A final footnote, demonstrating the influence of a single human being. As the bio below shows, Jim received his undergraduate degree of LeMoyne College, a small Jesuit school only founded in 1946. A Penn State meteorology professor by the name of Charles Hosler, now in his 90’s, came to campus and gave a talk at the time Jim was a student in physics. Hosler made such an impression on Mahoney, and vice versa, that it wasn’t long before Jim was going to school in meteorology – and at MIT. During his tenure at Penn State, Professor Hosler also inspired hundreds of other students, including a young man by the name of Joel Myers, who founded AccuWeather, and another young man by the name of Richard Hallgren, who went on to become a director of the National Weather Service and subsequently executive director of the AMS.
Well, back to work, everyone. Who will you influence today? And how will you and they change the world as a result? Think forward!
From the Boston Globe:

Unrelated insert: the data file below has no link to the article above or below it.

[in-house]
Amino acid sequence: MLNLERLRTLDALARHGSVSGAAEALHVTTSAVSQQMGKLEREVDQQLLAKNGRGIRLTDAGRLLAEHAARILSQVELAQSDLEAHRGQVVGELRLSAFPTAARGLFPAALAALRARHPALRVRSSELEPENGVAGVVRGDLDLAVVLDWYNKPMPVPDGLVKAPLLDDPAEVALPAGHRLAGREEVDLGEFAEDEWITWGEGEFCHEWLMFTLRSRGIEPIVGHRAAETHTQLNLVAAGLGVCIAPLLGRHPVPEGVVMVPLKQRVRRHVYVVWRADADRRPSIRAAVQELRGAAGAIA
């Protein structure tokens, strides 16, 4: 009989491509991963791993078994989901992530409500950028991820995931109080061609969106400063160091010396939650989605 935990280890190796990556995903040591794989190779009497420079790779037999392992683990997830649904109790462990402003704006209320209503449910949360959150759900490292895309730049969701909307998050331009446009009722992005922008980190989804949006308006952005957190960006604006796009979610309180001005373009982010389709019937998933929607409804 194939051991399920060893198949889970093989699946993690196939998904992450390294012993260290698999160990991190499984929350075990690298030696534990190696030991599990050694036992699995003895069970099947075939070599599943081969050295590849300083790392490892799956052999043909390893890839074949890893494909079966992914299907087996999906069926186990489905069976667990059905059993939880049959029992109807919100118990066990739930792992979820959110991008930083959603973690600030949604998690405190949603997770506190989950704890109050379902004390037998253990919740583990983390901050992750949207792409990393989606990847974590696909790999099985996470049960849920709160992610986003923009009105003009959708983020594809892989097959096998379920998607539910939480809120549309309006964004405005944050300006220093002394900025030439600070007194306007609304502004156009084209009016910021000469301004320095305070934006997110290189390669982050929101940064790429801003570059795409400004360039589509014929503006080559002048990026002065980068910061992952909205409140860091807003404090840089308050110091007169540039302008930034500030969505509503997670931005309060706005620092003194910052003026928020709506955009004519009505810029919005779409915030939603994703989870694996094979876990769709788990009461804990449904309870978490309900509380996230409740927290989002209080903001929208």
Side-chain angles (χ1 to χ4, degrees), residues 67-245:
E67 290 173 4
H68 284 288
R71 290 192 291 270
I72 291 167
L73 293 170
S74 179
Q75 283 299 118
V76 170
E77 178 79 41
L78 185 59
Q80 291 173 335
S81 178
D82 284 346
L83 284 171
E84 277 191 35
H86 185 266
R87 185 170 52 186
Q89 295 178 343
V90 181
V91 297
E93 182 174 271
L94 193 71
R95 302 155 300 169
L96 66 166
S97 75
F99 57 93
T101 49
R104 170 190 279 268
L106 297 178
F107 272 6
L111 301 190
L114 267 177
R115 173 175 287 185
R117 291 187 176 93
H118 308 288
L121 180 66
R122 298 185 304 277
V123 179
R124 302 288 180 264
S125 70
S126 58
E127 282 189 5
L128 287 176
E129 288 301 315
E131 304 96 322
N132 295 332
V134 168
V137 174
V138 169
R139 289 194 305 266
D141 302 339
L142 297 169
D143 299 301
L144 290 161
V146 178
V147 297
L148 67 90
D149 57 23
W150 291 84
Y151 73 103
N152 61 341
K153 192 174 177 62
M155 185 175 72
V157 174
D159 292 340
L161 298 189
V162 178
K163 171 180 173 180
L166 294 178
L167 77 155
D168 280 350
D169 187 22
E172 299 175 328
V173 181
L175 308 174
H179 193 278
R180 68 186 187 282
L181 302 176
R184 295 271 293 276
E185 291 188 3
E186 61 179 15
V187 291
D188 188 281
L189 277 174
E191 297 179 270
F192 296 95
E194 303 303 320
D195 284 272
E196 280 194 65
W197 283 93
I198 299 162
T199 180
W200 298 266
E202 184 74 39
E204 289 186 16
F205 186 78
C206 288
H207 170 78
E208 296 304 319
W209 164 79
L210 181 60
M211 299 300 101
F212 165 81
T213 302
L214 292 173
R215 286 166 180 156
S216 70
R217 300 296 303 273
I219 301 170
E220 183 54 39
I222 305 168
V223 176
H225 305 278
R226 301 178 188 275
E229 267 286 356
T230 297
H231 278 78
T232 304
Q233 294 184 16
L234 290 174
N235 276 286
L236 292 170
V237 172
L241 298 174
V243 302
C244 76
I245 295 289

Mahoney, Dr. James Richard Whose distinguished career as an academic, a scientist, a business executive, and the director of key U.S. Government environmental programs spanned five decades, died peacefully on September 23, 2015 at his home in Eagle, ID. Jim was also a devoted husband, father of eight and grandfather to twelve. Before retiring to Idaho in 2006, Jim was based in Washington, DC and served as Assistant Secretary of the Department of Commerce and Deputy Administrator of the National Oceanic and Atmospheric Administration. During his tenure at NOAA, Jim also served as the Director of the U.S. Climate Change Science Program, and was responsible for overseeing the Federal Government’s numerous research studies and developing policy directives on climate change. Jim was born on September 19, 1938 in Syracuse, NY, and attended Christian Brothers Academy followed by Le Moyne College, where he earned a Bachelor’s degree Magna Cum Laude in Physics. He then proceeded to MIT, earning a Doctorate in Meteorology and Geophysical Fluid Dynamics. In 1966, Jim moved across town to Harvard, as a well respected Associate Professor of Applied Meteorology in the School of Public Health for the next seven years. In 1968 Jim co-founded Environmental Research and Technology, Inc., one of the earliest environmental engineering and services companies, serving as Senior Vice President until the sale of ERT in 1983. His excellence in environmental management issues continued on the West Coast, where Jim became Director of Bechtel’s global environmental industries business group, based in San Francisco. In 1988, Jim accepted an important role in the Executive Office of the President under the Ronald Reagan and George H. W. Bush administrations, merging his scientific and leadership talents as Director of the National Acid Precipitation Assessment Program. Upon completion of that government assignment, Jim returned to the private sector as Senior Vice President of International Technology Corporation in Los Angeles until his assignment at NOAA. He is survived by Taya, his wife of 25 years, their daughters Courtney and Caitlin of Eagle, ID. He is also survived by his former wife, Margaret (Eells) Everbeck and their six children: Deborah Briggs and her husband Geoff Briggs of Randolph, MA; James Mahoney and his wife Jane Chung of Columbia, MD; Robert Mahoney and his wife Marcia Mahoney of Byfield, MA; Peter Mahoney and his wife Joanne Mead of Newton, MA; David Mahoney and his wife Elizabeth Mahoney of Roslindale, MA; and Paul Mahoney and his wife Mary Tamer of West Roxbury, MA. Jim is also survived by 12 grandchildren. Jim’s family already celebrated his life at a Funeral Mass in Idaho and a memorial service will take place on Sunday, October 11, 2015 at 2 p.m. at the Newton Highlands Congregational Church, 54 Lincoln St, Newton, Massachusetts.